Estimated $685 million pretax profits lost in the Machinists’ Strike’s first 24 days (Boeing’s third quarter earnings, 2008) Adding in extra expenses incurred to recover to pre-strike rates of production Paying suppliers for overtime Expedited shipping etc Why Boeing needs to avoid a repeat of 2008 Strikes Source: The Seattle Times, Boeing, IAM (http://seattletimes.nwsource.com/html/boeingaerospace/ _machinists28.html) Joe Campbell, an analyst with Barclays Capital, said the details of Boeing's third-quarter earnings, released last week, give a window into the hit to company profits in the strike's first 24 days: about $685 million pretax, he estimated. Extrapolating from that figure, he said a strike of about 55 days would cost Boeing some $1.5 billion in profits. Adding in the extra expenses that Boeing will incur in recovering to pre-strike rates of production -- paying suppliers for overtime, expedited shipping and other extras, as well as the costs of additional delays on the the true cost of the strike is likely to be well above $2 billion, Campbell estimated. Key concerns of workforce “Leadership at the International Association of Machinists and Aerospace Workers had said Boeing's offer fell short in areas such as job-security commitments, cost of living adjustment rates and medical-plan expenses.”

39 Compensation Packages: Learning Points from 2008 Strikes’ Settlements
BEFORE AFTER General Wages Increase Raises of a total 11 percent over the life of the contract. Raises of a total 15 percent over the four years of the contract. Min wage Raised $2.28. Raised $2.28. In addition, recent hires get a supplemental raise to boost them past the entry level for new hires. Pension A basic monthly pension of $70 per year of contract A basic monthly pension of $81 per year of service for the first three years, $83 in the fourth year Lump-sum Bonus The greater of either $2,500 or 6 percent of gross pay including overtime, paid in the first year of the contract. The greater of either $5,000 or 10 percent of gross pay including overtime, paid in the first year of the contract. Company incentive-pay Plan As of 2010: 10 days' extra pay for reaching profit and productivity targets and up to 20 days' pay for exceeding them. Machinists not included Medical Plan changes In the traditional plan with zero monthly premium, out-of-pocket maximums would rise 50 percent for families. Monthly premiums for the HMO plan would drop 24 percent. No increases to employees’ costs The average Machinist, before the new contract, made about $55,000 a year before overtime. The average annual salary for engineers exceeds $88,000, according to Boeing. The average annual salary for technical employees is nearly $67,000. But engineers are in such demand at Boeing that many work a lot of overtime on programs such as the 787 and 747-8, and they can easily make upward of $100,00 a year before benefits and incentive pay are included. Boeing's Machinists agreed to a contract that included a 15 percent pay increase over four years, raised pensions and boosted starting pay. On the key issue of job security, which had been the major stumbling block, Boeing agreed to limit the amount of work that outside vendors can perform.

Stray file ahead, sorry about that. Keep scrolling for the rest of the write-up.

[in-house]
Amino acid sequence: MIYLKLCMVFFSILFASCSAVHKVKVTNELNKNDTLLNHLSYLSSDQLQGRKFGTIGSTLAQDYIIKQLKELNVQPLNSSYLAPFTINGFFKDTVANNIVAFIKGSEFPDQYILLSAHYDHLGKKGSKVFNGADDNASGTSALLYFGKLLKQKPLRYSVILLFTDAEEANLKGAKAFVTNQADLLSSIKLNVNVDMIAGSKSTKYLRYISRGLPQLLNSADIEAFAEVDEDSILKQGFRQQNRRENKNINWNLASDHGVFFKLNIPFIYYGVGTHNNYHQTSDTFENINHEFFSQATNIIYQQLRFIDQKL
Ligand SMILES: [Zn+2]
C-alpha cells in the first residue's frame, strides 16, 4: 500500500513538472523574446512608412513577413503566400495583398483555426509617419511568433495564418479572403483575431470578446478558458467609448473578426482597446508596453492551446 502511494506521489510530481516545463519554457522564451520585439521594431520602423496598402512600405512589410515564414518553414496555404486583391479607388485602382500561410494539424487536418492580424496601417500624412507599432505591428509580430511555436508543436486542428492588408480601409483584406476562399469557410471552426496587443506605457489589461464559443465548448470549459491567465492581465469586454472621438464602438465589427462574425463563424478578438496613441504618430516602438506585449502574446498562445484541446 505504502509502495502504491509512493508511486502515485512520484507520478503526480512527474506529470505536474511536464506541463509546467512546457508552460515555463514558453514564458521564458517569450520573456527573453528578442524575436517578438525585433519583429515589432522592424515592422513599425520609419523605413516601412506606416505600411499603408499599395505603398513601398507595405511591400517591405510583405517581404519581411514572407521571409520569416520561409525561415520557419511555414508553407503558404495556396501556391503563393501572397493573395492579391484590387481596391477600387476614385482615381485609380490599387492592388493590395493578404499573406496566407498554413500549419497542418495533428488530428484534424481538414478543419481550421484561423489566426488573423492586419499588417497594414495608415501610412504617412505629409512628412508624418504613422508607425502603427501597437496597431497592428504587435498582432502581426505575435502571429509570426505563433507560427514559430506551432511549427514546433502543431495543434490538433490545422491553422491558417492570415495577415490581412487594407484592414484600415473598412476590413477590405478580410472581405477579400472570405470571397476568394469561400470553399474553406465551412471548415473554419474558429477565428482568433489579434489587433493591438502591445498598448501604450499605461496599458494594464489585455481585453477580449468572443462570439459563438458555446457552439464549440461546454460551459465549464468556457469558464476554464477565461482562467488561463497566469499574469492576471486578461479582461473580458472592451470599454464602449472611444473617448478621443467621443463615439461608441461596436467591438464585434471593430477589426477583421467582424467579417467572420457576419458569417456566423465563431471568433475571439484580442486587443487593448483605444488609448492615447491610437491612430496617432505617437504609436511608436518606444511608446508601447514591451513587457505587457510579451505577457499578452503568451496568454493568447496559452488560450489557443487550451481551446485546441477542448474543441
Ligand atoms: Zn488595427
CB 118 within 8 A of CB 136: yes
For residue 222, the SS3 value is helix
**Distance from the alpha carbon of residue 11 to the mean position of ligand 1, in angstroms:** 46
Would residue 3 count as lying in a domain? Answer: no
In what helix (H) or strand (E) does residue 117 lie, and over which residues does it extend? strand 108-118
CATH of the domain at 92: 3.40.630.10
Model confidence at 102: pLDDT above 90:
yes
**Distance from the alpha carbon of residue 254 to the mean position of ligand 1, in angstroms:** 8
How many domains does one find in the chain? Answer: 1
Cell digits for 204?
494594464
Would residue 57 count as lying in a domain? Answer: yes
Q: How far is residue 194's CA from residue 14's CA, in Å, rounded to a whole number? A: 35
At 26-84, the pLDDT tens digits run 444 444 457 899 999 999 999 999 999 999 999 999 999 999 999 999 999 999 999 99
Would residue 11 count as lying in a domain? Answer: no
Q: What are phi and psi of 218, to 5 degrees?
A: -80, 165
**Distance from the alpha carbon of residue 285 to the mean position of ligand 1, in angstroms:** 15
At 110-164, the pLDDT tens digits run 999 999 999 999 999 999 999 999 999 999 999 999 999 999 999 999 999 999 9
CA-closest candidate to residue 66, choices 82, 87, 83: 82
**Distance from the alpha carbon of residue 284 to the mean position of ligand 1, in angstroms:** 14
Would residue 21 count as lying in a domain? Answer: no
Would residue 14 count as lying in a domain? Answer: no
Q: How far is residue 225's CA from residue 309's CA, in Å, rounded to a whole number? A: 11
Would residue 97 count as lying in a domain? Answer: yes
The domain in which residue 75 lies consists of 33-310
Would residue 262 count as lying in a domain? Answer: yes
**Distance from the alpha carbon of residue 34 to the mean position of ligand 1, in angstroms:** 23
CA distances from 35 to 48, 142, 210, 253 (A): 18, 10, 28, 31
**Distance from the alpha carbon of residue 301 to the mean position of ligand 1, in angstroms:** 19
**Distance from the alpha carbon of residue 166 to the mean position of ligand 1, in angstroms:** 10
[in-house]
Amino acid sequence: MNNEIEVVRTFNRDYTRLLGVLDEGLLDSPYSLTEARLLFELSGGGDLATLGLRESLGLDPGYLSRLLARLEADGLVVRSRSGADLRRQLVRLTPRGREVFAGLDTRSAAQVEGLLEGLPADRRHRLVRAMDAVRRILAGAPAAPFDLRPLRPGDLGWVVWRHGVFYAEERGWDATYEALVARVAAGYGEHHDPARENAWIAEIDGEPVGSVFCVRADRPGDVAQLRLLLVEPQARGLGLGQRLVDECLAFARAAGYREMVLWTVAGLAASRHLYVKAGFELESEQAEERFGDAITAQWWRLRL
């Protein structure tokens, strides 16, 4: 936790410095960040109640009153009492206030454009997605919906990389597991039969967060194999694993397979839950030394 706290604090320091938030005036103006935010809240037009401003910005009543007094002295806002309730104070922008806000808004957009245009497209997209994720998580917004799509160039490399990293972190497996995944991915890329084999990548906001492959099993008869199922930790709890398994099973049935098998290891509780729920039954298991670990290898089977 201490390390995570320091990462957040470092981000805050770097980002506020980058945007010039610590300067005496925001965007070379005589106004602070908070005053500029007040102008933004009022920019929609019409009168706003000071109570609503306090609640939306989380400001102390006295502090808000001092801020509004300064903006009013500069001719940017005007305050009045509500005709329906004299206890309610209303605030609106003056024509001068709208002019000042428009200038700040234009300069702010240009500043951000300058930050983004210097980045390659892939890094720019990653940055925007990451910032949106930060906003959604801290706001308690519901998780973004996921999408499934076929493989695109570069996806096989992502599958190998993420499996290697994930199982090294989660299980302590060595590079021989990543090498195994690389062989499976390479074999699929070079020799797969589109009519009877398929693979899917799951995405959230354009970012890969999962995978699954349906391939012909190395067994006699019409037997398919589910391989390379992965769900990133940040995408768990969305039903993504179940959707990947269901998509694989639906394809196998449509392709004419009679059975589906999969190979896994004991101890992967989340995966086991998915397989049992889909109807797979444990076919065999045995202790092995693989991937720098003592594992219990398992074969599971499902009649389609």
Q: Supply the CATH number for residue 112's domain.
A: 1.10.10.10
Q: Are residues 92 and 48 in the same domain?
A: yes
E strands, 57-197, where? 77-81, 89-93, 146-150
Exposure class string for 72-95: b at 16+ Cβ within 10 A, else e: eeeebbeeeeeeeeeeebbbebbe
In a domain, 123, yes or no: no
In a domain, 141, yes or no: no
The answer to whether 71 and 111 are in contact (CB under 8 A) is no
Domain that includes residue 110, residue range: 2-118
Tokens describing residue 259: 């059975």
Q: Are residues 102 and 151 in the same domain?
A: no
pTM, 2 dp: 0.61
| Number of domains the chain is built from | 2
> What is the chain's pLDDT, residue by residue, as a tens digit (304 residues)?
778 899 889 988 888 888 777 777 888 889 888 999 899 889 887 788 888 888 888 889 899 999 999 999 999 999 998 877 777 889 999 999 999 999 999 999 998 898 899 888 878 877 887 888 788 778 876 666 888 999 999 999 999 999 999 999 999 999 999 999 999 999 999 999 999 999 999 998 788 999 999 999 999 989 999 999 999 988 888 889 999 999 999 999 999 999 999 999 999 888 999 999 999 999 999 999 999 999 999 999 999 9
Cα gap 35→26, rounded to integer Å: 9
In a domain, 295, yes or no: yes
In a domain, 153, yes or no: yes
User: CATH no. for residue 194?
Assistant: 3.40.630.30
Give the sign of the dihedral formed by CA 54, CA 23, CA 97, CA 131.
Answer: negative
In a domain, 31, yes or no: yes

40 Holistic Compensation